It has been a long time that I read something of John Cook. I recently came across the National Center for Science Education blog post in which he was interviewed. The post is titled Got Climate Change Misconceptions? John Cook Can Help and dates from the beginning of this year. This “help” seems to be learning students how to combat climate change misconceptions.
I am not going to make a long post, so I will come to the point immediately. This is what caught my eye at first read (my emphasis):
So if a teacher has just one lesson to cover climate change, I assume that mentioning the 97 percent consensus would be important? Anything else?
JC: Yes, absolutely you need to bring up the consensus- that is critical, and as I said, it doesn’t take up much time. In fact, a complete explanation of climate change can be compressed to just ten words: “It’s real. It’s us. It’s bad. Experts agree. There’s hope.” In other words, climate change is happening; human activity is causing it; the impacts are serious and already happening; there’s scientific consensus (97 percent!) on the first three points; but we have all the technology we need to avoid the worst impacts of climate change.
The terms “global warming” and “climate change” were used in an interchangeable way. The previous question was about the 97% consensus on human-caused global warming and it morphs seamlessly into the 97% consensus on climate change in the above question…
I can agree with the first part (“It’s real”) and partly with the second part (“It’s us”). I have no doubt that global warming/climate change is real and, since CO2 is a greenhouse gas, our emissions should have an influence. However, how much warming comes from this human emissions is an entirely different question.
The part “Experts agree” is yet another matter. According to Cook, there is an 97% expert agreement on the three first points (It’s real, it’s us, it’s bad). John Cookn himself is an author of at least two papers quantifying the consensus (Cook et al., 2013 and Cook et al., 2016), so he should know that none of his two papers investigated whether global warming/climate change is “bad”.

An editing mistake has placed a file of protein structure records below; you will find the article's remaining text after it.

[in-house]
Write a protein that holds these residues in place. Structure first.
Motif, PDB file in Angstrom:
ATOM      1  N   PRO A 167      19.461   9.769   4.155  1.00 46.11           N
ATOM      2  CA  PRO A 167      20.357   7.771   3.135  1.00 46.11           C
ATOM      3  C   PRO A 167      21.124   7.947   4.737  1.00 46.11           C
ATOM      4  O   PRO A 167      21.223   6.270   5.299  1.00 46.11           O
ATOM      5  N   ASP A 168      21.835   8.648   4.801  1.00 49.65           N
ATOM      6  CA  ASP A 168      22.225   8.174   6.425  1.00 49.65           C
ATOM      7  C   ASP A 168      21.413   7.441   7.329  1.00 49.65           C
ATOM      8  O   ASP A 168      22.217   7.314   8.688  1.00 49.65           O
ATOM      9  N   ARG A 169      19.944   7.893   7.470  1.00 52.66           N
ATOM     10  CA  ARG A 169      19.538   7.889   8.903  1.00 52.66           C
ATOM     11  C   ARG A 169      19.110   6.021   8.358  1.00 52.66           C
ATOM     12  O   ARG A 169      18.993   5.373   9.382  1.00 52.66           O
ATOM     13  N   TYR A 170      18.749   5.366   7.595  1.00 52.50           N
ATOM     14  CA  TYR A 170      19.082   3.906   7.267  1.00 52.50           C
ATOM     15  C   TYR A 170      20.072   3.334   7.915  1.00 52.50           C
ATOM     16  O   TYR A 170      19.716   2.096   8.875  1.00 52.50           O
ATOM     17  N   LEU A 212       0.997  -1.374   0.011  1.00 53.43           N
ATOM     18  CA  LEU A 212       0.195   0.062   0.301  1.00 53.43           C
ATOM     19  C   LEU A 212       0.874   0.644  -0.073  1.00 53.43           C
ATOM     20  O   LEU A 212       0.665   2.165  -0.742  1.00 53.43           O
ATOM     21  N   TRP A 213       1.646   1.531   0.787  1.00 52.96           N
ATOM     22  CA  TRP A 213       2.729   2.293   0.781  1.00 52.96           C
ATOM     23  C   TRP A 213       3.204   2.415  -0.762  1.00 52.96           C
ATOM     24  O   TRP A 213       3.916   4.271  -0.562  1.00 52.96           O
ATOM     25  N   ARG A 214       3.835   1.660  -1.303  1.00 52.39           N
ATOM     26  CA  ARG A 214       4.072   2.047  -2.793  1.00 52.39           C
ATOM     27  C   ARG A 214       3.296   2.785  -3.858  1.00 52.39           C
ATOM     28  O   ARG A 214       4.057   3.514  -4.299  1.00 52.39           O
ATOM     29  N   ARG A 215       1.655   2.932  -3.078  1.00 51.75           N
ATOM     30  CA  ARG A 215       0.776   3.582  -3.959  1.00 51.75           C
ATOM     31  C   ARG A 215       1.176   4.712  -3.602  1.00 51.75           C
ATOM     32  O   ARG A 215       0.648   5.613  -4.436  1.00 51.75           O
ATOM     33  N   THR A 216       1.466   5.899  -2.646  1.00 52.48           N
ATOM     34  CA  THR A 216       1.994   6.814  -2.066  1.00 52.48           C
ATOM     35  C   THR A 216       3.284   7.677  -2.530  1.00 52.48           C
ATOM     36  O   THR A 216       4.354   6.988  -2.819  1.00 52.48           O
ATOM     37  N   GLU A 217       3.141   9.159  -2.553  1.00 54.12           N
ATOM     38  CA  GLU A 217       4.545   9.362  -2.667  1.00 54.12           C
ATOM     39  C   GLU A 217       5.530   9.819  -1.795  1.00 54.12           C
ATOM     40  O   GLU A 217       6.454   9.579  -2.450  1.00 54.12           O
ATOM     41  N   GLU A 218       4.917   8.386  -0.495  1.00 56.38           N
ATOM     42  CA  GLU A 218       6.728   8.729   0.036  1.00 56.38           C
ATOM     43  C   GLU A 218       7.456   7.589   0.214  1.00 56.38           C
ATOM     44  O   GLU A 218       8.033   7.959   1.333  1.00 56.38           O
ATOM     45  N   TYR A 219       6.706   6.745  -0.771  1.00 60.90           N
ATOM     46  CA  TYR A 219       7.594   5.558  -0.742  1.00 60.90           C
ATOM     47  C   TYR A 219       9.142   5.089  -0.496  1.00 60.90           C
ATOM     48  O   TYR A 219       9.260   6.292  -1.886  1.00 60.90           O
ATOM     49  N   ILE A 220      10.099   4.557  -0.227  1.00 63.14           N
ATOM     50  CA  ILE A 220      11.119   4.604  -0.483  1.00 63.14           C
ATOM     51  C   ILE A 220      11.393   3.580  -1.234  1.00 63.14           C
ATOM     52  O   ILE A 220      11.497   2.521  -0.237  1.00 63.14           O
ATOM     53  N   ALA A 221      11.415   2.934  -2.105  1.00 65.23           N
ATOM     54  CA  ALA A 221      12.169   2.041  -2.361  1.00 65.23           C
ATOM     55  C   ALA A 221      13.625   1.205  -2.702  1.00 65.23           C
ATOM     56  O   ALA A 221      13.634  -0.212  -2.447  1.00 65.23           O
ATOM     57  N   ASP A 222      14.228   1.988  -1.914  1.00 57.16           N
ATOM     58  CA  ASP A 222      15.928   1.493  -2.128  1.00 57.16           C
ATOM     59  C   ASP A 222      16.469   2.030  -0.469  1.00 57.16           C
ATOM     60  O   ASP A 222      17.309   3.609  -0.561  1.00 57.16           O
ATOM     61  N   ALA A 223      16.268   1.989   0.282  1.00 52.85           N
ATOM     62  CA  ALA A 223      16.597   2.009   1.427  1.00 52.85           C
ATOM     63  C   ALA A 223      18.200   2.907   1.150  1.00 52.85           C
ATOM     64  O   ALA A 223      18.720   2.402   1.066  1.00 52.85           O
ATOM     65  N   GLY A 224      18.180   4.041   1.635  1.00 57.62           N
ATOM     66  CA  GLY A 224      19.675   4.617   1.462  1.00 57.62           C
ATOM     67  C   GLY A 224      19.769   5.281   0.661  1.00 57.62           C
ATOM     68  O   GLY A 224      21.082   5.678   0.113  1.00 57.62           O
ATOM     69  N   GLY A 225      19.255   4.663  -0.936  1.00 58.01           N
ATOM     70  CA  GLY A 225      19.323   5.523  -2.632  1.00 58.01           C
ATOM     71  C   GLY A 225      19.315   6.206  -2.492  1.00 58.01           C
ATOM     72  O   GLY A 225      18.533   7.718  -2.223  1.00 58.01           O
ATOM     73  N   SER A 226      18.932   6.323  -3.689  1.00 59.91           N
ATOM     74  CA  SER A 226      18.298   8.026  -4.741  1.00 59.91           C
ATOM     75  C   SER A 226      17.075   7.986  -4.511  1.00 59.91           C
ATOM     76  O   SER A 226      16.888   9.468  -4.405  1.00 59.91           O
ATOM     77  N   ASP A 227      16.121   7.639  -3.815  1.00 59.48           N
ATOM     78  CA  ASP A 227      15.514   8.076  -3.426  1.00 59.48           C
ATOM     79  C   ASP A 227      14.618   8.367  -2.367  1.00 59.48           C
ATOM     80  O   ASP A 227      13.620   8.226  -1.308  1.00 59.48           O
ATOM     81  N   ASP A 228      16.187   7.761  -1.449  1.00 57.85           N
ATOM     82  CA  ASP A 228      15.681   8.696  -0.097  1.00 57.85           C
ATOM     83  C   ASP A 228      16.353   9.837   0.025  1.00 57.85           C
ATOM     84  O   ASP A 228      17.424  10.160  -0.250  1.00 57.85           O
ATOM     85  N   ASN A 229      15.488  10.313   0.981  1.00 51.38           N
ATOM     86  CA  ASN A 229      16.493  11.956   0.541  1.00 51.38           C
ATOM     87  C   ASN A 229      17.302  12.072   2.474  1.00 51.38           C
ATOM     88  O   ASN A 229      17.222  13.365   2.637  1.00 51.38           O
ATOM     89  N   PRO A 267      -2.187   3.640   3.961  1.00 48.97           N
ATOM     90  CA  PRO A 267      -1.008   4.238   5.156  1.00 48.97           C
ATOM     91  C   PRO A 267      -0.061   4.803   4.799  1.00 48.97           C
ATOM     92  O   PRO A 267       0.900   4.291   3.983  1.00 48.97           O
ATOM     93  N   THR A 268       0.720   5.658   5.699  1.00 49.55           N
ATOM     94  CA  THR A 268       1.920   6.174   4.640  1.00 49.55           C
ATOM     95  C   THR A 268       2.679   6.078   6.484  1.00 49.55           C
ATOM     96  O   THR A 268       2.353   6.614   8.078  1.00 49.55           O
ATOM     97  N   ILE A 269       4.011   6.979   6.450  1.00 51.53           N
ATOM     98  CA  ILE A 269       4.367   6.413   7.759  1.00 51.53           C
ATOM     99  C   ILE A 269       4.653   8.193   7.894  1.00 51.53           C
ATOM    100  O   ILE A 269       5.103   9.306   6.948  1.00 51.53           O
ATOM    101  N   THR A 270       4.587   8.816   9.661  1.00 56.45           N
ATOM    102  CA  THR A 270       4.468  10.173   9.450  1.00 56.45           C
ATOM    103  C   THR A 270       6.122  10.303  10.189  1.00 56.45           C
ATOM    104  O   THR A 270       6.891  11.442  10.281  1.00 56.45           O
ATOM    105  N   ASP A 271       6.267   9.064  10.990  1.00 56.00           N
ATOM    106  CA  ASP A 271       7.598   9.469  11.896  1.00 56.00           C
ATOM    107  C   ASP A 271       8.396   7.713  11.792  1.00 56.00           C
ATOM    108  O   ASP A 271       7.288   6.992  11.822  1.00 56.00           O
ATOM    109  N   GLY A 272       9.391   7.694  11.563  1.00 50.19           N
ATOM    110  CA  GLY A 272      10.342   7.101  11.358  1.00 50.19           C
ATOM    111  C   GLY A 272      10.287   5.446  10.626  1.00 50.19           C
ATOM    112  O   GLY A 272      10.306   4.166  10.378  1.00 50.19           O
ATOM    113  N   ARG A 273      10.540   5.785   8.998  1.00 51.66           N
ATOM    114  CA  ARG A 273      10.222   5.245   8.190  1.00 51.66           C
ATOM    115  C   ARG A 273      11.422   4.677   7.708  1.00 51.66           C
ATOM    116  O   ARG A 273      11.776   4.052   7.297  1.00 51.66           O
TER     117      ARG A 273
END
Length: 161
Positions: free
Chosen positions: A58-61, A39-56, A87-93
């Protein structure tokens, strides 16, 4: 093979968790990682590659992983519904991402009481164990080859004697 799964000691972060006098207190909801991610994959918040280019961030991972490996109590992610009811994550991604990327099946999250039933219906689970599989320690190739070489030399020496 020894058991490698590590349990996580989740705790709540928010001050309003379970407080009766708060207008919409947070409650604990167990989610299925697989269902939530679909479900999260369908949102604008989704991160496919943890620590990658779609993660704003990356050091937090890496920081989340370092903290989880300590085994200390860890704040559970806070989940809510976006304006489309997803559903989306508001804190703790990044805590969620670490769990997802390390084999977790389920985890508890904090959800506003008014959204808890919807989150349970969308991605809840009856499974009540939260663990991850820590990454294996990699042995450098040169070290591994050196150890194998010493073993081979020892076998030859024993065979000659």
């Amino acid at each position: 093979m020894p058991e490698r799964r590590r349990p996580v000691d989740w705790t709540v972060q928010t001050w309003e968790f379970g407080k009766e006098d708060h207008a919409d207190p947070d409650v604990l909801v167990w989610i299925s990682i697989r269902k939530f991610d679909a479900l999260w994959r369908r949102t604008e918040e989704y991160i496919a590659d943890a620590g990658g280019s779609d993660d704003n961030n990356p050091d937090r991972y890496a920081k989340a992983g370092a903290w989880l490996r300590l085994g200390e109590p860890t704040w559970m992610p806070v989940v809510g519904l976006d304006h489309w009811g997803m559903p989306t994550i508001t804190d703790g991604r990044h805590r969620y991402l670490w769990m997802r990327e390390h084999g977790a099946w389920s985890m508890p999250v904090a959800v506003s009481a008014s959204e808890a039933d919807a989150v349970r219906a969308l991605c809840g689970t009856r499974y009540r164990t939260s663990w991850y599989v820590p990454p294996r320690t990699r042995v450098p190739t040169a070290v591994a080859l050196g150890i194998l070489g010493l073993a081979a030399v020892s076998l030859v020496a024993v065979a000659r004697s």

It reminds me of an earlier statement in the Alice-in-Wonderland paper, in which he claimed something similar (my emphasis):
[…] and there is no notable scientific dissent from the consensus position that global warming is happening, is human caused, and presents a global problem is shared by more than 95 % of domain experts and more than 95 % of relevant articles in the peer-reviewed literature (Anderegg et al. 2010; Cook et al. 2013, 2016; Doran and Zimmerman 2009; Oreskes 2004; Shwed and Bearman 2010).
By the way, the same claim (in a slightly different sentence) was also made in his thesis (the Alice-in-Wonderland paper is a part of his thesis):
[…] and there is no notable scientific dissent from the consensus position that global warming is happening, is human caused, and presents a global problem (Anderegg, Prall, Harold, & Schneider, 2010; Cook et al. 2013; Doran & Zimmerman, 2009; Oreskes 2004; Shwed & Bearman 2010).
So this is not a one-time mistake, as I assumed when I first spotted it in the Alice-in-Wonderland paper.
Before someone is again asking how a self professed layman can may sense of this, this is how anyone with some knowledge of the English language and an internet connection can do this:
- John Cook conducted two studies on the 97% consensus (see links above, there are also links to other 97%-consensus studies in my reaction on the Alice-in-Wonderland paper)
- Just read those studies and their methodologies
- You will find that none of those studies investigates what the impact is of climate change, let alone whether the impact is “bad” (or whether it presents a “global problem”).
Therefor John Cook is not honest about the findings of his own research and it is apparently not the first time…
Back to the start of the post: Cook’s help consisted of learning students how to combat climate change misconceptions. Maybe he should start with the misconception that it is somehow assessed that 97% of climate scientists agree that “climate change is bad”?